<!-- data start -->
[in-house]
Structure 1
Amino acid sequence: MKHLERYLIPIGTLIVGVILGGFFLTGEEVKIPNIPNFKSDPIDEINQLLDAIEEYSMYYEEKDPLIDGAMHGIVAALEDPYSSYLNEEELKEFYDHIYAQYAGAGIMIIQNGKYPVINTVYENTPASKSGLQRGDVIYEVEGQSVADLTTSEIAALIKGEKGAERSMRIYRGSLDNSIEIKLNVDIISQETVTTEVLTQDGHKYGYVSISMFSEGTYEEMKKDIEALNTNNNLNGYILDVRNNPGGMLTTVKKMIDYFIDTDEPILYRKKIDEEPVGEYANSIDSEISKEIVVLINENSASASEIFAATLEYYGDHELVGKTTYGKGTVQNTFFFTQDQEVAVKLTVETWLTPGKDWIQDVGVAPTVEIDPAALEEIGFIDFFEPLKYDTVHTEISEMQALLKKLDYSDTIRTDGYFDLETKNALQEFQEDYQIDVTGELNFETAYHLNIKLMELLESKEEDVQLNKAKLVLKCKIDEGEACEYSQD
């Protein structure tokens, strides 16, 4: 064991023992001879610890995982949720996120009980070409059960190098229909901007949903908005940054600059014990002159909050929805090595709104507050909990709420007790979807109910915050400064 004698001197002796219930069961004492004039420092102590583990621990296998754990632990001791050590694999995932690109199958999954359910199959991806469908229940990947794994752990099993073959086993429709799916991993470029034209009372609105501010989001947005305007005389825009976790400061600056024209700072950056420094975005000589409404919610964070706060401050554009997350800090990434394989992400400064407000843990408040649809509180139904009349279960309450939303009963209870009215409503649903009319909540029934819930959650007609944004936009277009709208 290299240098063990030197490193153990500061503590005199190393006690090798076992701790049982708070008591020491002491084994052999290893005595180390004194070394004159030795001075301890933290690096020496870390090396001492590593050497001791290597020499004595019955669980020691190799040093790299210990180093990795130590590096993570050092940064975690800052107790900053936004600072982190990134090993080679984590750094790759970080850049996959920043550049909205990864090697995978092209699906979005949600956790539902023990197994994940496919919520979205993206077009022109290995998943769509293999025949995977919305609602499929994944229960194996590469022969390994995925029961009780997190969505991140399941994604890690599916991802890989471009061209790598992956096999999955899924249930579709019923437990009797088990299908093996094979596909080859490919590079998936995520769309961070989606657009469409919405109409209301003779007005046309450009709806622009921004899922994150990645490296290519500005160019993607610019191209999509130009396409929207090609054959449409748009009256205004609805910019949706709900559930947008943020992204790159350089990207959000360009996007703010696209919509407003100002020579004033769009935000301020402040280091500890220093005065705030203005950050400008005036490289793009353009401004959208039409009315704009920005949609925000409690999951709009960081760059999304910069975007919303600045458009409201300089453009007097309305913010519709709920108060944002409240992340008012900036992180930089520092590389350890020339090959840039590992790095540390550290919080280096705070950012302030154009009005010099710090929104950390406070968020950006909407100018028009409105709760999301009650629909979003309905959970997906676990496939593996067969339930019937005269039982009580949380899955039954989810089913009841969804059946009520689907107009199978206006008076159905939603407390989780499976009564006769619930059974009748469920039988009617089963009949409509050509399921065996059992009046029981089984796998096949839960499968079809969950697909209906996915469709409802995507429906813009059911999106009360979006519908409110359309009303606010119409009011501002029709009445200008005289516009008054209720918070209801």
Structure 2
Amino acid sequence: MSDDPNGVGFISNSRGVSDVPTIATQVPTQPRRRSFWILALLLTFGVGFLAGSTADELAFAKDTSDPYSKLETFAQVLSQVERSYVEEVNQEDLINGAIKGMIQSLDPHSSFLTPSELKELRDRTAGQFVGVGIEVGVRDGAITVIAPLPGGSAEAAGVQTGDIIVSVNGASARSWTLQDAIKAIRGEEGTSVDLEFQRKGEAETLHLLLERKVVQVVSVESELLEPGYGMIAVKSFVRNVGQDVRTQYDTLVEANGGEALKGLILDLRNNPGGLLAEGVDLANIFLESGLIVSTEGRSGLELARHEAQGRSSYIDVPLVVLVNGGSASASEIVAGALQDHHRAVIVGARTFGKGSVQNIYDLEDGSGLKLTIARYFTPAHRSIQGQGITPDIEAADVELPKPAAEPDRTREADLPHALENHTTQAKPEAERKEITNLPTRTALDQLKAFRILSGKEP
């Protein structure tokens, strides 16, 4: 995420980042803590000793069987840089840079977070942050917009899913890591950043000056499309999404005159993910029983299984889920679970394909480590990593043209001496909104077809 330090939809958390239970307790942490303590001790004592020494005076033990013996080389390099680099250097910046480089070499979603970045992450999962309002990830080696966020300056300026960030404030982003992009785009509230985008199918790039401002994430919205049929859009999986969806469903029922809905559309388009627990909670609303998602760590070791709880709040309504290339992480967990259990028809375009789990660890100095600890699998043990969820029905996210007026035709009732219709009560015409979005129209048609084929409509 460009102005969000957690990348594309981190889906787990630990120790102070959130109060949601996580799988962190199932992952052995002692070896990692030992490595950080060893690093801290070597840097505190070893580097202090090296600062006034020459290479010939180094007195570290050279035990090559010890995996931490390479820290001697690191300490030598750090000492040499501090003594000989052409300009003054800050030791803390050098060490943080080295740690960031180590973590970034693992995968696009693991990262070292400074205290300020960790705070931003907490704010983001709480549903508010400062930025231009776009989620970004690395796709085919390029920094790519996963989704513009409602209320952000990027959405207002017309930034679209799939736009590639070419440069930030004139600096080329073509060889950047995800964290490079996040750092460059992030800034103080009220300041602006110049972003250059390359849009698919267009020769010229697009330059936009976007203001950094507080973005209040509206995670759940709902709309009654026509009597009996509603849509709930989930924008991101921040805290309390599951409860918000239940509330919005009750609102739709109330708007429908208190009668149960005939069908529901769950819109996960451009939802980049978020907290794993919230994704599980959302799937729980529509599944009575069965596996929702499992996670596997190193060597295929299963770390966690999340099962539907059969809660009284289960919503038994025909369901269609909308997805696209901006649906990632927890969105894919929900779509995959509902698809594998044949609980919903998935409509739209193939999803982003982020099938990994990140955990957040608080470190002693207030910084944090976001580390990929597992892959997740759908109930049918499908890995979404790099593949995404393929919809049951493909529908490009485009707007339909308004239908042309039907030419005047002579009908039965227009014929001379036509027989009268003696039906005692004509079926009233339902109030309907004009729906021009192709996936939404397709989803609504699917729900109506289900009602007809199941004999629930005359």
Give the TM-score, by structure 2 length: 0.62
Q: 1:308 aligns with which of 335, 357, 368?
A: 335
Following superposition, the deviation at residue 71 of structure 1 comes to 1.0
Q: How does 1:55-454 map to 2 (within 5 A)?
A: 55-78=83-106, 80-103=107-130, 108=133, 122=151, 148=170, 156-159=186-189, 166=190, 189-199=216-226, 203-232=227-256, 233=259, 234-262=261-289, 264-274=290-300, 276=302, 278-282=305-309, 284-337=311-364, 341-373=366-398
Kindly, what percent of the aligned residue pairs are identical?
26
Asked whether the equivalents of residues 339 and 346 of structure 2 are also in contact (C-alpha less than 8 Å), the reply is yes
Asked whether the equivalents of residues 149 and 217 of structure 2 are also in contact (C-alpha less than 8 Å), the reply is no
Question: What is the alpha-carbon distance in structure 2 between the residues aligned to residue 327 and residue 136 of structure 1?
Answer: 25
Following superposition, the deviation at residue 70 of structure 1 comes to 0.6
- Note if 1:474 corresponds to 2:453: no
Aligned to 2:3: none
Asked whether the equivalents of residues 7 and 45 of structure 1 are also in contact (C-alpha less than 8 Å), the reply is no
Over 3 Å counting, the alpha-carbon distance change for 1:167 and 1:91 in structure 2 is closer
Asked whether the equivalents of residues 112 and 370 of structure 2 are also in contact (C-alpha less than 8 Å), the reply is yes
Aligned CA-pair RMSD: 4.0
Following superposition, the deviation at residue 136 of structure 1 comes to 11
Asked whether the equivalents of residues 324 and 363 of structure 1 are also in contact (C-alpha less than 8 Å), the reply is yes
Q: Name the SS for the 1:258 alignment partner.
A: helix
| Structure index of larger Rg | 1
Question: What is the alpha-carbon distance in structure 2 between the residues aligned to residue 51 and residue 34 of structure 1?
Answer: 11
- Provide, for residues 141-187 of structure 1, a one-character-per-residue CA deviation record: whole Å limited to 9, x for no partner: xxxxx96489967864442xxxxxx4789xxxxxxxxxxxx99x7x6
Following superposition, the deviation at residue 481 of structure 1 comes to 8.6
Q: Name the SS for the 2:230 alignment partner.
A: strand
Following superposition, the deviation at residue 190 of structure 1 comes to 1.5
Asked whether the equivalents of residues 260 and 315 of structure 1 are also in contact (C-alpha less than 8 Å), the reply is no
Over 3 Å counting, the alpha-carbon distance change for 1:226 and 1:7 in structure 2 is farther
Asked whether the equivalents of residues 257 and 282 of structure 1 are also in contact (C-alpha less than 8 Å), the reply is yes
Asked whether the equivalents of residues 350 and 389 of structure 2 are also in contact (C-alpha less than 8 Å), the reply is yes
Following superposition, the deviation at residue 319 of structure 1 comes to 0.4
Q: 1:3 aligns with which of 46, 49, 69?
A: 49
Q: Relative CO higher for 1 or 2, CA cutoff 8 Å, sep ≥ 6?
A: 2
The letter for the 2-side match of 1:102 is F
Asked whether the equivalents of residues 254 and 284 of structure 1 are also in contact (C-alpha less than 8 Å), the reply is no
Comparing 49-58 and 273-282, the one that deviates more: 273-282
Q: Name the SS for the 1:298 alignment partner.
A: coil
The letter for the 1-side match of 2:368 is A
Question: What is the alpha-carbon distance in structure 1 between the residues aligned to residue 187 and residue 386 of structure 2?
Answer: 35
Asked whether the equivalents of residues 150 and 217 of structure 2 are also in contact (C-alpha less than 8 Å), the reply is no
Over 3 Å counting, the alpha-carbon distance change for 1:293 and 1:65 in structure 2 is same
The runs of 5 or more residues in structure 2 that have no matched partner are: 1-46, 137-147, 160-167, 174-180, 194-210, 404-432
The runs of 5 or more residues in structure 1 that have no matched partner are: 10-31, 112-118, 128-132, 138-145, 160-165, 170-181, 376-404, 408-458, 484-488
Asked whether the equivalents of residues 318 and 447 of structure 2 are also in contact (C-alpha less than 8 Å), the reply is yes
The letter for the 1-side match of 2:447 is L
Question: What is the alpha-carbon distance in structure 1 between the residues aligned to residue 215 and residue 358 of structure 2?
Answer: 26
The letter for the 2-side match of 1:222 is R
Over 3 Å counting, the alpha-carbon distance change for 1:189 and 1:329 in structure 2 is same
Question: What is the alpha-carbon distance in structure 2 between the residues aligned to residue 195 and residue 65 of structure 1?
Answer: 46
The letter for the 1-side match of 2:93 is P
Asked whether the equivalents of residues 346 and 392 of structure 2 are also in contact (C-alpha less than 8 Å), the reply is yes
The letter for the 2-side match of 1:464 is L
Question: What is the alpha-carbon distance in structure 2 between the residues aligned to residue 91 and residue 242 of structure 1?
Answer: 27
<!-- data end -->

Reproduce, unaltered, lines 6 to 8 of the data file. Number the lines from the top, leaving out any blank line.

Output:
Amino acid sequence: MSDDPNGVGFISNSRGVSDVPTIATQVPTQPRRRSFWILALLLTFGVGFLAGSTADELAFAKDTSDPYSKLETFAQVLSQVERSYVEEVNQEDLINGAIKGMIQSLDPHSSFLTPSELKELRDRTAGQFVGVGIEVGVRDGAITVIAPLPGGSAEAAGVQTGDIIVSVNGASARSWTLQDAIKAIRGEEGTSVDLEFQRKGEAETLHLLLERKVVQVVSVESELLEPGYGMIAVKSFVRNVGQDVRTQYDTLVEANGGEALKGLILDLRNNPGGLLAEGVDLANIFLESGLIVSTEGRSGLELARHEAQGRSSYIDVPLVVLVNGGSASASEIVAGALQDHHRAVIVGARTFGKGSVQNIYDLEDGSGLKLTIARYFTPAHRSIQGQGITPDIEAADVELPKPAAEPDRTREADLPHALENHTTQAKPEAERKEITNLPTRTALDQLKAFRILSGKEP
């Protein structure tokens, strides 16, 4: 995420980042803590000793069987840089840079977070942050917009899913890591950043000056499309999404005159993910029983299984889920679970394909480590990593043209001496909104077809 330090939809958390239970307790942490303590001790004592020494005076033990013996080389390099680099250097910046480089070499979603970045992450999962309002990830080696966020300056300026960030404030982003992009785009509230985008199918790039401002994430919205049929859009999986969806469903029922809905559309388009627990909670609303998602760590070791709880709040309504290339992480967990259990028809375009789990660890100095600890699998043990969820029905996210007026035709009732219709009560015409979005129209048609084929409509 460009102005969000957690990348594309981190889906787990630990120790102070959130109060949601996580799988962190199932992952052995002692070896990692030992490595950080060893690093801290070597840097505190070893580097202090090296600062006034020459290479010939180094007195570290050279035990090559010890995996931490390479820290001697690191300490030598750090000492040499501090003594000989052409300009003054800050030791803390050098060490943080080295740690960031180590973590970034693992995968696009693991990262070292400074205290300020960790705070931003907490704010983001709480549903508010400062930025231009776009989620970004690395796709085919390029920094790519996963989704513009409602209320952000990027959405207002017309930034679209799939736009590639070419440069930030004139600096080329073509060889950047995800964290490079996040750092460059992030800034103080009220300041602006110049972003250059390359849009698919267009020769010229697009330059936009976007203001950094507080973005209040509206995670759940709902709309009654026509009597009996509603849509709930989930924008991101921040805290309390599951409860918000239940509330919005009750609102739709109330708007429908208190009668149960005939069908529901769950819109996960451009939802980049978020907290794993919230994704599980959302799937729980529509599944009575069965596996929702499992996670596997190193060597295929299963770390966690999340099962539907059969809660009284289960919503038994025909369901269609909308997805696209901006649906990632927890969105894919929900779509995959509902698809594998044949609980919903998935409509739209193939999803982003982020099938990994990140955990957040608080470190002693207030910084944090976001580390990929597992892959997740759908109930049918499908890995979404790099593949995404393929919809049951493909529908490009485009707007339909308004239908042309039907030419005047002579009908039965227009014929001379036509027989009268003696039906005692004509079926009233339902109030309907004009729906021009192709996936939404397709989803609504699917729900109506289900009602007809199941004999629930005359």
Give the TM-score, by structure 2 length: 0.62